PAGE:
Pathology of Oxidative Stress

ROS can cause damage to human cells by a number of different mechanisms including direct reaction with cellular components, covalent binding to membrane components and initiation of lipid peroxidation. These have a number of different sequelae including protein carbonyl formation, DNA base oxidation, carbohydrate oxidation and lipid peroxidation. The integration of these metabolic processes involved is best summarized as follows. The initial DNA damage and direct damage to proteins has a major effect on enzyme activities within the cell. Some of the resultant metabolic changes include the depletion of ATP, glutathione (a major antioxidant) and NADH {29,30}. Furthermore, rises in intracellular free Ca2+ and Fe2+ are linked to cytoskeletal damage, membrane blebbing, membrane peroxidation and destruction, increased damage to DNA, proteins and lipids, as well as metal ion release into surrounding tissues and injury to adjacent cells; {4,5}. If the injury is very severe cell necrosis ensues, but under milder conditions, cell death due to apoptosis (programmed cell death) is possible; {6}.

Diseases of Oxidative Stress

An increasing body of evidence suggests that oxygen free radicals play a major role in the pathophysiology of various diseases and of aging. Numerous forms of inflammation, the development of genetic mutations and malignant transformations, the generation of atherosclerotic plaques in arterial walls, and the process of aging all have in common the presence and participation of oxidant free radicals. I only intend describing a few of these where nutritional intervention has been attempted with some success.

Dietary consumption of all antioxidant nutrients directly influences the circulating level of these nutrients and the activity of the antioxidant metalloenzymes. Thus, decreased intake of one or more of these antioxidants may weaken the body's defences against free radical damage and increase its susceptibility to health problems associated with such damage. It may be that sick people are under higher oxidative stress than healthy people and that antioxidant intake may not be reflected in antioxidant status because of the presence of increased oxidative stress. It is not clear whether deficiency of antioxidant nutrients predisposes to these conditions, or the deficiency develops as a result of the condition itself, because of an increased requirement for antioxidants against free radical damage; {31}.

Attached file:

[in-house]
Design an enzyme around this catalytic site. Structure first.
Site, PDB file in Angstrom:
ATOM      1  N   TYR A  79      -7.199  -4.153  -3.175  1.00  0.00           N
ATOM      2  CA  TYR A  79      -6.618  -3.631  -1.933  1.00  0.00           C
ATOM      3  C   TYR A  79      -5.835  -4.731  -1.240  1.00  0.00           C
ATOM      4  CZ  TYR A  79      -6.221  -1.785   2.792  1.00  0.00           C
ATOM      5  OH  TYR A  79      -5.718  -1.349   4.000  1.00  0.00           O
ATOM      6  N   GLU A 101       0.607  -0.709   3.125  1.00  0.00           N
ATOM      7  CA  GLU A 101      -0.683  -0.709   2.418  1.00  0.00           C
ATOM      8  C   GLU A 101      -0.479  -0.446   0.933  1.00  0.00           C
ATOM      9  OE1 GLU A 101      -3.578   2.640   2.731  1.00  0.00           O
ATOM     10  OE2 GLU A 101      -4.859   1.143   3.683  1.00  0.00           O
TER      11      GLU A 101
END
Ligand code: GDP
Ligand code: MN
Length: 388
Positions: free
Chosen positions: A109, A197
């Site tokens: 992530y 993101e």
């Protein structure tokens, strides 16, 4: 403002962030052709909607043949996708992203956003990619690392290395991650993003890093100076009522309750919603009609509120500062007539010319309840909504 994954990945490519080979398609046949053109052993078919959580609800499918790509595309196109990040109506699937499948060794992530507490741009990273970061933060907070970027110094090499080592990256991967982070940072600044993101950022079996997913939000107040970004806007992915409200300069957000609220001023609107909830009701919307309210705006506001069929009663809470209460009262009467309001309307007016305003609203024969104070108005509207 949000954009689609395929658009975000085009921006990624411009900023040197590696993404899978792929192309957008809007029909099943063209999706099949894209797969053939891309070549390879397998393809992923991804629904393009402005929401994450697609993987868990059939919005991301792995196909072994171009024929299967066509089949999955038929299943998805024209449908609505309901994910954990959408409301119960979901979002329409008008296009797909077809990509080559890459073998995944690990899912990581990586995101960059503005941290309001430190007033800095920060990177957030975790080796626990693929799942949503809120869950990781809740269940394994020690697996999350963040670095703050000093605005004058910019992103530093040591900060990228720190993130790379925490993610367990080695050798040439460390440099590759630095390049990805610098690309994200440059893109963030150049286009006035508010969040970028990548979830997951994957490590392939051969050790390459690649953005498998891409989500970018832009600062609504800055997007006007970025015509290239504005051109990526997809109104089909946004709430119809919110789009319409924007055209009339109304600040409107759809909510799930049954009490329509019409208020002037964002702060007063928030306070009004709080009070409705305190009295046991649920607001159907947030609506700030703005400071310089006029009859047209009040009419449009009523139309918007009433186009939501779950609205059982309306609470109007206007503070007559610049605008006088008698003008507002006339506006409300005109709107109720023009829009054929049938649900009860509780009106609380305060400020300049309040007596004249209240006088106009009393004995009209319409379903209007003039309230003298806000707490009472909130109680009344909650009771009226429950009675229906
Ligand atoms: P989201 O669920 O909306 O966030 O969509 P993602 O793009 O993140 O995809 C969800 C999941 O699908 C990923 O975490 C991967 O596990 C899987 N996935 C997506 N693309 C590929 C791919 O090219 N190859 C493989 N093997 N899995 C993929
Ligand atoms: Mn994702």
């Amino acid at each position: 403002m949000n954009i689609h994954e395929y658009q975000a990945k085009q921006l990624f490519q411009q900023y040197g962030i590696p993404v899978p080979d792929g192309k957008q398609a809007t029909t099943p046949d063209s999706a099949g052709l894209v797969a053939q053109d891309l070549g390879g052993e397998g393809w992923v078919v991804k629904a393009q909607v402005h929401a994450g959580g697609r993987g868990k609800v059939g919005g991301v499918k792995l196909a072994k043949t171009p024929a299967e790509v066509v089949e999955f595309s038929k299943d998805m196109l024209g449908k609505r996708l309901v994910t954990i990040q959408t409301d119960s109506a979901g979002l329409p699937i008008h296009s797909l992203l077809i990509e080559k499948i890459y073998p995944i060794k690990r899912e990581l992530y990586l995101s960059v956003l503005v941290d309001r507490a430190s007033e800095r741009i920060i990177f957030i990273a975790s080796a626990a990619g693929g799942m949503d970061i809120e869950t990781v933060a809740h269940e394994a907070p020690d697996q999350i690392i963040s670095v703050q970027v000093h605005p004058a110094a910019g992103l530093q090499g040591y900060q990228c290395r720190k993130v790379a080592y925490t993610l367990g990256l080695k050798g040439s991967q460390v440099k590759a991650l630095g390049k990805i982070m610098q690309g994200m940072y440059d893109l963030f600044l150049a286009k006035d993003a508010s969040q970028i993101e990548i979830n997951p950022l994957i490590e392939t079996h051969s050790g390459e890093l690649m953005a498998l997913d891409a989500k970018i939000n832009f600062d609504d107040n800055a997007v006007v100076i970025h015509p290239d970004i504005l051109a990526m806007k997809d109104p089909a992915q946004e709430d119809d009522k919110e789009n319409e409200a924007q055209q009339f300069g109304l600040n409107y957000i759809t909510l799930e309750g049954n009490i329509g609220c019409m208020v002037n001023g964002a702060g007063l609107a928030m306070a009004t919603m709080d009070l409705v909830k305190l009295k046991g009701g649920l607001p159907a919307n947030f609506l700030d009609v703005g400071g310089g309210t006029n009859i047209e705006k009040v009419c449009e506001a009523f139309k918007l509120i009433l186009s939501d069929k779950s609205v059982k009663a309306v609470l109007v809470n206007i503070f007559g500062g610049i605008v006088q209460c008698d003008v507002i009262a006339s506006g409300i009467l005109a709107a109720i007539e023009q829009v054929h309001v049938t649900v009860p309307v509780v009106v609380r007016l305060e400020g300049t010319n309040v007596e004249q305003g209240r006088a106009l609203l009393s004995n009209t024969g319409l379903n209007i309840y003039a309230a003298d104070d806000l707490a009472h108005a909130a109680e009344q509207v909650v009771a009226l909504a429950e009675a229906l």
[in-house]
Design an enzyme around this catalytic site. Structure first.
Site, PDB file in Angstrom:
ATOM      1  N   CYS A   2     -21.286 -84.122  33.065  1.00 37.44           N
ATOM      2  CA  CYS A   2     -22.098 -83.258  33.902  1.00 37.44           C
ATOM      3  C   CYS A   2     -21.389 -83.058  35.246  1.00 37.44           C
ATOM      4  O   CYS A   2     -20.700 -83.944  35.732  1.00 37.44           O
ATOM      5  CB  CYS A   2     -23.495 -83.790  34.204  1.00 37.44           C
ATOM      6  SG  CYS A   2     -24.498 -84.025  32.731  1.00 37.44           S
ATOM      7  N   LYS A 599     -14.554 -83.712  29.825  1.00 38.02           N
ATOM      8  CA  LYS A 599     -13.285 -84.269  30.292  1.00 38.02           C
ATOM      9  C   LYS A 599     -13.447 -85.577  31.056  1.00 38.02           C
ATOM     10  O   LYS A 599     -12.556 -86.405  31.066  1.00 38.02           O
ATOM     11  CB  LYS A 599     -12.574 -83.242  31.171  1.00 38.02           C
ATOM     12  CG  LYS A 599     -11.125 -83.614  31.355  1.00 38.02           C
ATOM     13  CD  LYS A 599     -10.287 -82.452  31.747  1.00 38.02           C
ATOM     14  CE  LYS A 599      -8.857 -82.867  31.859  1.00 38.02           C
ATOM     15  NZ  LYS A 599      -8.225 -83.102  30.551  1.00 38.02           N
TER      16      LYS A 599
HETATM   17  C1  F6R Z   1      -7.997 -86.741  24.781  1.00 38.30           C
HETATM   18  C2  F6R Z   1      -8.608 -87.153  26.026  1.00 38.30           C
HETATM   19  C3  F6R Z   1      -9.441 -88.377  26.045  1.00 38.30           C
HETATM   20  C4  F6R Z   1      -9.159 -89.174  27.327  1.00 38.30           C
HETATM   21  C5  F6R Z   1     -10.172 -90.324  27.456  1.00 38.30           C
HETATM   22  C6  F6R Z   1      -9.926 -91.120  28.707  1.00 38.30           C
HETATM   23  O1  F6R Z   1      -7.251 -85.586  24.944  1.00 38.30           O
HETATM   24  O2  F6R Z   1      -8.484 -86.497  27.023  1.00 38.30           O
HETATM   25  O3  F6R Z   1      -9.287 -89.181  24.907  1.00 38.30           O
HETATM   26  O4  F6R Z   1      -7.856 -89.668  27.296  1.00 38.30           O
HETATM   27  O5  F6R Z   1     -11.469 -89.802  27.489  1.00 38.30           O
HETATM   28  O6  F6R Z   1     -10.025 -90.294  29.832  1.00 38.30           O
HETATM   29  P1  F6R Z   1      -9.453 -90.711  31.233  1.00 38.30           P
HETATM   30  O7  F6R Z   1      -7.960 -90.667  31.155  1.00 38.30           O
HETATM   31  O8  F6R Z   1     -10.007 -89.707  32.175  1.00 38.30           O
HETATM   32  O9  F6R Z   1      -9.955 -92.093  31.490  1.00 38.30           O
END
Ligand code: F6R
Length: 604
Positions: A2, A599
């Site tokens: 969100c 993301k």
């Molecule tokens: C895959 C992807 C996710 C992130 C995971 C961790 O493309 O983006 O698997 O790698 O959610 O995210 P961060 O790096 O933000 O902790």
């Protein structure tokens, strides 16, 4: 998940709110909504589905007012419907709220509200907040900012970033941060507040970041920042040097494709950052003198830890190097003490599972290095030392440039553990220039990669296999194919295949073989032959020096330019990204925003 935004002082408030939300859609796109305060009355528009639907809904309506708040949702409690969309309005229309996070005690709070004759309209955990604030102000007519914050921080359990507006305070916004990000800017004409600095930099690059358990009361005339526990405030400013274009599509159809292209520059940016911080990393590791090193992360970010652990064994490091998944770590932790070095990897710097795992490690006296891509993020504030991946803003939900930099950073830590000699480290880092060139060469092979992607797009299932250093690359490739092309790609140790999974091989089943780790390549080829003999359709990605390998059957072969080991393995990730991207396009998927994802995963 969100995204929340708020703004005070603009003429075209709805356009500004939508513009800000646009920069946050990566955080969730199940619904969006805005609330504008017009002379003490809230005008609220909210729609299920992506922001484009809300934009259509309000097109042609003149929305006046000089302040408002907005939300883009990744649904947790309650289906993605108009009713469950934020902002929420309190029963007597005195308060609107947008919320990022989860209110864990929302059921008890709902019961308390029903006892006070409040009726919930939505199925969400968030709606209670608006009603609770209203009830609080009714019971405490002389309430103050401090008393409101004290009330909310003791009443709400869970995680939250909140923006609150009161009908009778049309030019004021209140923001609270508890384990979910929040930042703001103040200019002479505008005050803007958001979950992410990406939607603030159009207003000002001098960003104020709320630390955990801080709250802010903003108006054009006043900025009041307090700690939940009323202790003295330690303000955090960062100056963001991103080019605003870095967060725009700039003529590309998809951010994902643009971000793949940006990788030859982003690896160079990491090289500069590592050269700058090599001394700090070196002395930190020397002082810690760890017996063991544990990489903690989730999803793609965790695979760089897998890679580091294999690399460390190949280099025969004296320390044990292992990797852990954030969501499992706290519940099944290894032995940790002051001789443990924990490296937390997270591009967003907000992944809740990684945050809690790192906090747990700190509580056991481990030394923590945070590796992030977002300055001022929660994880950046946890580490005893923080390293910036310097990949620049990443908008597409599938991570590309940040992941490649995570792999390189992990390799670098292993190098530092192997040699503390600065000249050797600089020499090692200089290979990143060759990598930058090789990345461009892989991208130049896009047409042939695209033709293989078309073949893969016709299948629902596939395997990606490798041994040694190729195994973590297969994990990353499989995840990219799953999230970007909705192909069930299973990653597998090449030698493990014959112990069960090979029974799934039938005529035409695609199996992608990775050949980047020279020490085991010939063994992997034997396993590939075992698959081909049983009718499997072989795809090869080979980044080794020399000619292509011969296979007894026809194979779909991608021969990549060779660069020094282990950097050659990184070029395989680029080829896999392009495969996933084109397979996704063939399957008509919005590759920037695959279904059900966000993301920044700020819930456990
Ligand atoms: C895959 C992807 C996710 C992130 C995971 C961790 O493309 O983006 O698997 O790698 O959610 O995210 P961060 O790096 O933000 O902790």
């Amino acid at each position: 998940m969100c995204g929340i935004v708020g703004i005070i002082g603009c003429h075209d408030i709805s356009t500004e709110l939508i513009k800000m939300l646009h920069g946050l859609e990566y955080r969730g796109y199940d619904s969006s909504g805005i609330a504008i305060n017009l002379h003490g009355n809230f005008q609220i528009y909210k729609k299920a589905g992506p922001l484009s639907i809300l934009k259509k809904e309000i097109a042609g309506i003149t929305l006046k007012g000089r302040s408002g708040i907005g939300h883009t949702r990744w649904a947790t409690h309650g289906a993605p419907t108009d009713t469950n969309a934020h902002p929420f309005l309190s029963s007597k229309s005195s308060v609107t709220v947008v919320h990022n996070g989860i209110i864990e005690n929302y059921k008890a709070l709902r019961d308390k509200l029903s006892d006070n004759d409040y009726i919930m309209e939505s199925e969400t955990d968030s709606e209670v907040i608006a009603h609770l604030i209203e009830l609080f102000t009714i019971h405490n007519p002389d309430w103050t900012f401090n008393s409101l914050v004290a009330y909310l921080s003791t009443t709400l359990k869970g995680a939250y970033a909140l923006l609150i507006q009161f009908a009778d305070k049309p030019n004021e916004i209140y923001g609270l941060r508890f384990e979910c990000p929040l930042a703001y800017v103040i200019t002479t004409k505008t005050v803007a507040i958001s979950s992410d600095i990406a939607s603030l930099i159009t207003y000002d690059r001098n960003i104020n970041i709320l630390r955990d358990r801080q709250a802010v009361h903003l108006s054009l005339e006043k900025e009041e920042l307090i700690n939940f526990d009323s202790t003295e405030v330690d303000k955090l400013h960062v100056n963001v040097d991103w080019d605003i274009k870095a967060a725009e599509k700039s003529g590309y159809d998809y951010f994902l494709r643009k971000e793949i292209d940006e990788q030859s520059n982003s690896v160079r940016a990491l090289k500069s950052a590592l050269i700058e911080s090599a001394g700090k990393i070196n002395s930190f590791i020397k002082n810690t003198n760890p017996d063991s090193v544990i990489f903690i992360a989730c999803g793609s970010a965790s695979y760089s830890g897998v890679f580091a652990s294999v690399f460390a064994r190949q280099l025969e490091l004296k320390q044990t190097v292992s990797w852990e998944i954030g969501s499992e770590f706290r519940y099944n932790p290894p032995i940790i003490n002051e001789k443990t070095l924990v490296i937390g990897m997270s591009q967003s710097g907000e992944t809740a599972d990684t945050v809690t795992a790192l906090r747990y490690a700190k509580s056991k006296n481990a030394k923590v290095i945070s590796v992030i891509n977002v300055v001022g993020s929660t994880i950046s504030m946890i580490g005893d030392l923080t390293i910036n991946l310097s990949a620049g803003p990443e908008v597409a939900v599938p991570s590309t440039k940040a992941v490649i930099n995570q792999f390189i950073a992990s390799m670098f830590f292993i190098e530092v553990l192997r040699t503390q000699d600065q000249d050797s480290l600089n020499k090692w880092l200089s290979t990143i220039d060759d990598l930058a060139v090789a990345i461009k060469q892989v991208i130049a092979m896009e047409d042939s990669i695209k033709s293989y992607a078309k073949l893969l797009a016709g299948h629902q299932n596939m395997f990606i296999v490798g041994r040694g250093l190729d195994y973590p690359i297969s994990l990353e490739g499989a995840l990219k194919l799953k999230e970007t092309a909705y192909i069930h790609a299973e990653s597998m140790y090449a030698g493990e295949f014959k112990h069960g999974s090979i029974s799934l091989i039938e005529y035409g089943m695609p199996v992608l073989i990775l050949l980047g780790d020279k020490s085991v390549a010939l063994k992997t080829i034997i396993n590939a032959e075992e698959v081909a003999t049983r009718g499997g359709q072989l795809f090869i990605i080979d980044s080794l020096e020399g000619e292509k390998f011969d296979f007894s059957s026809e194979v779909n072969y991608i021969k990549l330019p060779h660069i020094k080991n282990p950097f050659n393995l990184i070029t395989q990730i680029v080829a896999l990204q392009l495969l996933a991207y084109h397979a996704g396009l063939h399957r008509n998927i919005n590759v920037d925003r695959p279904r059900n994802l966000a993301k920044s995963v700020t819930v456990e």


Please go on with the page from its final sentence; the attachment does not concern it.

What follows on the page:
Harman in 1957 was first to put foward that degenerative diseases associated with ageing were attributed to side effects of free radicals on cellular constituents and that antioxidants protect against the oxidative damage they cause; {32,33}. There is also evidence that as age increases the level of antioxidant enzymes such as glutathione peroxidase and intracellular antioxidants such as glutathione decreases potentiating the development of oxidative stress and damage; {34,35}. This has lead to a belief that a diet rich in antioxidants will decrease the risk of developing chronic degenerative diseases and thus increase longevity. The World Health Organisation Study Group advises that eating at least 400g/ day of fruits, vegetables and legumes may be protective against coronary heart disease and cancer.